"I was so much smaller than them that I wore 26 pounds in competition. I didn't have to stop a move - I'd just go until I ran into one of them. I remember one dive we were spinning donut-360-donut and two of us collided. I left the screen so fast you had to play it in slow motion to see where I went. That year was a huge learning experience for me. We took 5th at the Nationals."
Her competition career leading to the top of the world with team FX began 1995 in Arizona. Dawn went there looking for new teammates without success. As she was leaving to head back to Florida, with her car running in Eloy's parking lot, someone ran up to her and asked if she wanted to do a fun 4-way. She unpacked all her stuff and made the jump.
Space Center FX with Fin Malloy, Doug Park, Christopher Irwin, Dawn English, Joey Jones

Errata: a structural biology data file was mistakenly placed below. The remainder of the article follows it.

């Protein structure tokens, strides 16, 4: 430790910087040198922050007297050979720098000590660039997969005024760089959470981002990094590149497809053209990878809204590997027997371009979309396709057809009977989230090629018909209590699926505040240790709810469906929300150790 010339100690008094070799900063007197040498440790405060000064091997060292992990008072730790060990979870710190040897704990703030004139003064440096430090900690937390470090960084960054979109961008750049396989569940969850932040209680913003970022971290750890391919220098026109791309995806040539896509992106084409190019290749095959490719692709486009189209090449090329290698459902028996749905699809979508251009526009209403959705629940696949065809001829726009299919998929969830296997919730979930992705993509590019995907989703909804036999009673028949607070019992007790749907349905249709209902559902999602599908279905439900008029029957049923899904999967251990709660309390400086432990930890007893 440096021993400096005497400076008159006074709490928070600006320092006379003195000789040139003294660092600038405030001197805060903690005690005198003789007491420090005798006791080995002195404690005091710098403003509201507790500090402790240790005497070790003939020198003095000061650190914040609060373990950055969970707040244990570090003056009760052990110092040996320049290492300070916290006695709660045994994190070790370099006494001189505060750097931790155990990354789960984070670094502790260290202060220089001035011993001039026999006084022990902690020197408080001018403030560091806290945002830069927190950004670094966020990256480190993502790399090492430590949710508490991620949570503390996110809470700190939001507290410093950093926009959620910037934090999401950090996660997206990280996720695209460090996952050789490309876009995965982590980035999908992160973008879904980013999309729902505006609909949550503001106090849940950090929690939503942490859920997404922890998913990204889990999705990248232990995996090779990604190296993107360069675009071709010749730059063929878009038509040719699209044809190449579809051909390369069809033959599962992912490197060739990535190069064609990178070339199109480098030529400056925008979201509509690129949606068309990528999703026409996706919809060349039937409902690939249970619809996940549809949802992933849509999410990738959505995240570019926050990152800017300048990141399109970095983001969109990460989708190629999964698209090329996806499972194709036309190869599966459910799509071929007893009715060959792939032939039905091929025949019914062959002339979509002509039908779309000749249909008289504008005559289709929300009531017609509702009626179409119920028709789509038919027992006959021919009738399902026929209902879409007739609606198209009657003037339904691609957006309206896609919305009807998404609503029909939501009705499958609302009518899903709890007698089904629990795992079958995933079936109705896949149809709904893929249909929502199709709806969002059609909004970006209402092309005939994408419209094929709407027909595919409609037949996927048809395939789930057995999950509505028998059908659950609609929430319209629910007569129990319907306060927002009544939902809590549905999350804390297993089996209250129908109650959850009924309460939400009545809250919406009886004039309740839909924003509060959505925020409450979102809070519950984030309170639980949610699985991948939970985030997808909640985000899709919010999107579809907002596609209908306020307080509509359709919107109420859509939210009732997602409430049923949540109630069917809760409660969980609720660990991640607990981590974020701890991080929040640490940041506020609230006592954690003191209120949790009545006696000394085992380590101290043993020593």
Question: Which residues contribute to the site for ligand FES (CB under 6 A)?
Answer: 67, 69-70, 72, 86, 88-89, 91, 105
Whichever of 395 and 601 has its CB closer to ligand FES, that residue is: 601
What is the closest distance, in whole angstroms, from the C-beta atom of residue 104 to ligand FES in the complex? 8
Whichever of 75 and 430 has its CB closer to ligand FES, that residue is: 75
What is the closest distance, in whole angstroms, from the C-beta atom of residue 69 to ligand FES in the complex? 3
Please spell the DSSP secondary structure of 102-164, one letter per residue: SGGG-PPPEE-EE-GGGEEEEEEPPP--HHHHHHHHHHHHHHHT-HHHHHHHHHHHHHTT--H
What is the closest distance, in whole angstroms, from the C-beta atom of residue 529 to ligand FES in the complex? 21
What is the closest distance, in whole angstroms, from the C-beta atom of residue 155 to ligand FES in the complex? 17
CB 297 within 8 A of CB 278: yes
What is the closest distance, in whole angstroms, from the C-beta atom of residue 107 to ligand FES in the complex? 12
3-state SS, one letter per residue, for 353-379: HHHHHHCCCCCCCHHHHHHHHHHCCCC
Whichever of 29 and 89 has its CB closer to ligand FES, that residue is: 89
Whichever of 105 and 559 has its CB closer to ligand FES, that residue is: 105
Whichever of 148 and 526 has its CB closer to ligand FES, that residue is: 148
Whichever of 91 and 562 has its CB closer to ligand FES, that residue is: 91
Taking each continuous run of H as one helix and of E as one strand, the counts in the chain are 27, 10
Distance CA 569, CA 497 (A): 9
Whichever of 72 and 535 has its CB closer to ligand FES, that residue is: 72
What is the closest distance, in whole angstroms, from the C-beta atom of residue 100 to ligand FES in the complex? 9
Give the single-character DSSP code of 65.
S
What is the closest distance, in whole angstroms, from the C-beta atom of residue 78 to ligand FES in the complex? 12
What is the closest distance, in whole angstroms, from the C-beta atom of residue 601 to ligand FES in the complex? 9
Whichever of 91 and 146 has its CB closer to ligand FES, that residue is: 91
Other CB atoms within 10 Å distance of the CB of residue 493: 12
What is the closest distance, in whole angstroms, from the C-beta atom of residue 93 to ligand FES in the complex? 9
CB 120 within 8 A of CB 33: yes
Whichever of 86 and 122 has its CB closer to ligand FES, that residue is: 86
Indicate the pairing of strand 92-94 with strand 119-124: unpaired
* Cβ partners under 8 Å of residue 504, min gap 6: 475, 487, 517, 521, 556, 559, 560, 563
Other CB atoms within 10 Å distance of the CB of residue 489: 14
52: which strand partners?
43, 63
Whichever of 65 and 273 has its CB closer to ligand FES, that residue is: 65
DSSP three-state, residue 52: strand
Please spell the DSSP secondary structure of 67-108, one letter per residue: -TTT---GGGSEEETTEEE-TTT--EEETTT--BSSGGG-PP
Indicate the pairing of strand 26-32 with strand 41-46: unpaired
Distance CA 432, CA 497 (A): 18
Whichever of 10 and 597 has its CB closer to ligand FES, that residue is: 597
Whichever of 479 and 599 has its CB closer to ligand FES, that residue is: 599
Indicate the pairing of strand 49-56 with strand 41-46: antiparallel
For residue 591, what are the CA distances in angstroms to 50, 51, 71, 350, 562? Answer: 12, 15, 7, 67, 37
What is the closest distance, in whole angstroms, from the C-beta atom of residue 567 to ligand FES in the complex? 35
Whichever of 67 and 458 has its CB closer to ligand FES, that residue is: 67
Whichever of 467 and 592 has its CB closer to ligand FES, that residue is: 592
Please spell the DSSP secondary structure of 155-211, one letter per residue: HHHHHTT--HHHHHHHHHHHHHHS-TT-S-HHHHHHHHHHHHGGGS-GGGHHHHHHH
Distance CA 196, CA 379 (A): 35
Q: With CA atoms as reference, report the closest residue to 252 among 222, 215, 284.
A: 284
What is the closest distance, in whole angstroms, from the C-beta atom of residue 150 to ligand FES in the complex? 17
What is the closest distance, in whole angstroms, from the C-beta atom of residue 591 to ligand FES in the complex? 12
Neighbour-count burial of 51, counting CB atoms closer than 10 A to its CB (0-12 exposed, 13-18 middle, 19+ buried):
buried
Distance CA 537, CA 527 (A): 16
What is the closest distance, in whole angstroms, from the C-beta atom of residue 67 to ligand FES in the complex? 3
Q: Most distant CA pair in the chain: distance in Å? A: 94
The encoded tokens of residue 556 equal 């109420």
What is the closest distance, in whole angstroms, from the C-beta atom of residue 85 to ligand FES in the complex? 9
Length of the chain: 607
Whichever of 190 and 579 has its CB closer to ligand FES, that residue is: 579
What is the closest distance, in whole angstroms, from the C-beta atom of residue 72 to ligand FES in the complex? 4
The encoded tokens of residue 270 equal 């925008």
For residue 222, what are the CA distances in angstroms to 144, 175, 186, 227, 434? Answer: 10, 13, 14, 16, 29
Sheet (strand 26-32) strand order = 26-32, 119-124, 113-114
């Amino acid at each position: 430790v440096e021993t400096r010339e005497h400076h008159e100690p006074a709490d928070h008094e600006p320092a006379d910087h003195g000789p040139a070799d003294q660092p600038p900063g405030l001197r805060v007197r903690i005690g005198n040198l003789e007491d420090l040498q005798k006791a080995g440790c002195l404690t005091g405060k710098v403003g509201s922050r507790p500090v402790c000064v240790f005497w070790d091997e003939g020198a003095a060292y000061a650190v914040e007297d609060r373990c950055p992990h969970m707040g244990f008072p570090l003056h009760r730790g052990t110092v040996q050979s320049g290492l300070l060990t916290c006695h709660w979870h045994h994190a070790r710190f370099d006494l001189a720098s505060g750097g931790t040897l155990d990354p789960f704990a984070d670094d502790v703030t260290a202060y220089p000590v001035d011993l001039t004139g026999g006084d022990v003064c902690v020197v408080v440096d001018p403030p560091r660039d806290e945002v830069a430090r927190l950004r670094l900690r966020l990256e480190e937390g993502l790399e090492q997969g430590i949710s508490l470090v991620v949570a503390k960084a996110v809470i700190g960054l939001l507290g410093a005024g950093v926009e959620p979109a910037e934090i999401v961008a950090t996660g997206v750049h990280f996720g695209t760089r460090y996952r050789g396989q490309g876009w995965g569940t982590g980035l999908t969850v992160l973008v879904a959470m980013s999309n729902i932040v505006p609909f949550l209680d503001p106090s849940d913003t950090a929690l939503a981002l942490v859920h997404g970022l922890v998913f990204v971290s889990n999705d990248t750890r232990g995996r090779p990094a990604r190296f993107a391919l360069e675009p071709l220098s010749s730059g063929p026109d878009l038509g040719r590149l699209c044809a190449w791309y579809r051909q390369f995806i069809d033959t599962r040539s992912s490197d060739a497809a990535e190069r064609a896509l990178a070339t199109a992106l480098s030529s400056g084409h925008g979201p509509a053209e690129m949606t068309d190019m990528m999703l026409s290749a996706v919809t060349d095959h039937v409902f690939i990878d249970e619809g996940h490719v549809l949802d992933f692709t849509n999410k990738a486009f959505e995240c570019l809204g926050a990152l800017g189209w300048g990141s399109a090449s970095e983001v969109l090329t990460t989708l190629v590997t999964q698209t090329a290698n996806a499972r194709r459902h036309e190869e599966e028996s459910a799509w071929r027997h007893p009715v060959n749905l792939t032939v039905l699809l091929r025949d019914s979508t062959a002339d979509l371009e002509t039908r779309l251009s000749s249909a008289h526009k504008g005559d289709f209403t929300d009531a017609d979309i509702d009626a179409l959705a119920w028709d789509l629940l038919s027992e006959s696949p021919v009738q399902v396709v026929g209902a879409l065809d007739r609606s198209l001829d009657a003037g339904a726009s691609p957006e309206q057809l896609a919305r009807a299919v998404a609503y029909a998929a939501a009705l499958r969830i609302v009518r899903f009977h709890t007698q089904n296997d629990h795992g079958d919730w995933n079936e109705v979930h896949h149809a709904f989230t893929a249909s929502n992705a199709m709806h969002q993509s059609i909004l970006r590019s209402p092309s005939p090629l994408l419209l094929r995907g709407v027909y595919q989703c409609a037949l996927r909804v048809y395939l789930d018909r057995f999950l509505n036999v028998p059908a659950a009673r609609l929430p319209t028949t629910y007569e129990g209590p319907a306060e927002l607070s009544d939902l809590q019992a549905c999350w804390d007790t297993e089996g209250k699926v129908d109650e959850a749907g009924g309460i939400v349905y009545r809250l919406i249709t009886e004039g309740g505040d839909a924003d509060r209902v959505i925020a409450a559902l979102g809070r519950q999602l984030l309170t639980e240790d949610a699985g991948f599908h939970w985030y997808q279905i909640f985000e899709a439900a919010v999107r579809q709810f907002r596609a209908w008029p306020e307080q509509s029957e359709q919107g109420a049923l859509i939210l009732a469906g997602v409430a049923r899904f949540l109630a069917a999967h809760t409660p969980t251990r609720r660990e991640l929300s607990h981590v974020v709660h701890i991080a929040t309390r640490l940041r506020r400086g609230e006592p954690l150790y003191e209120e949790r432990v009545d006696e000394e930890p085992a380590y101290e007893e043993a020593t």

Joey Jones was one of the jumpers, and that is how the future teammates met. They formed FX that year with Marshall Clark and Vo Von Hoffman. Dawn commuted to Arizona for team training, and it was worth the effort for her: "It was a great group. We took 4th place at the USPA Nationals with only 200 training jumps. We were as surprised as everyone else."
Dawn and Joey Jones then accepted a player coach position for Dr. Joel Shugar's first team and competed with Eyes on Florida at the USPA Nationals in 1997. The next year would bring the highlight of her 4-way career for Dawn. Together with Joey Jones she formed Space Center FX, which was fully sponsored by the Skydive Space Center in Titusville, Florida. Space Center FX with Christopher Irvin and Doug Park in the line-up trained hard, traveled to Portugal for the World Cup 1998 and won the gold medals after a jump-off with France Maubeuge.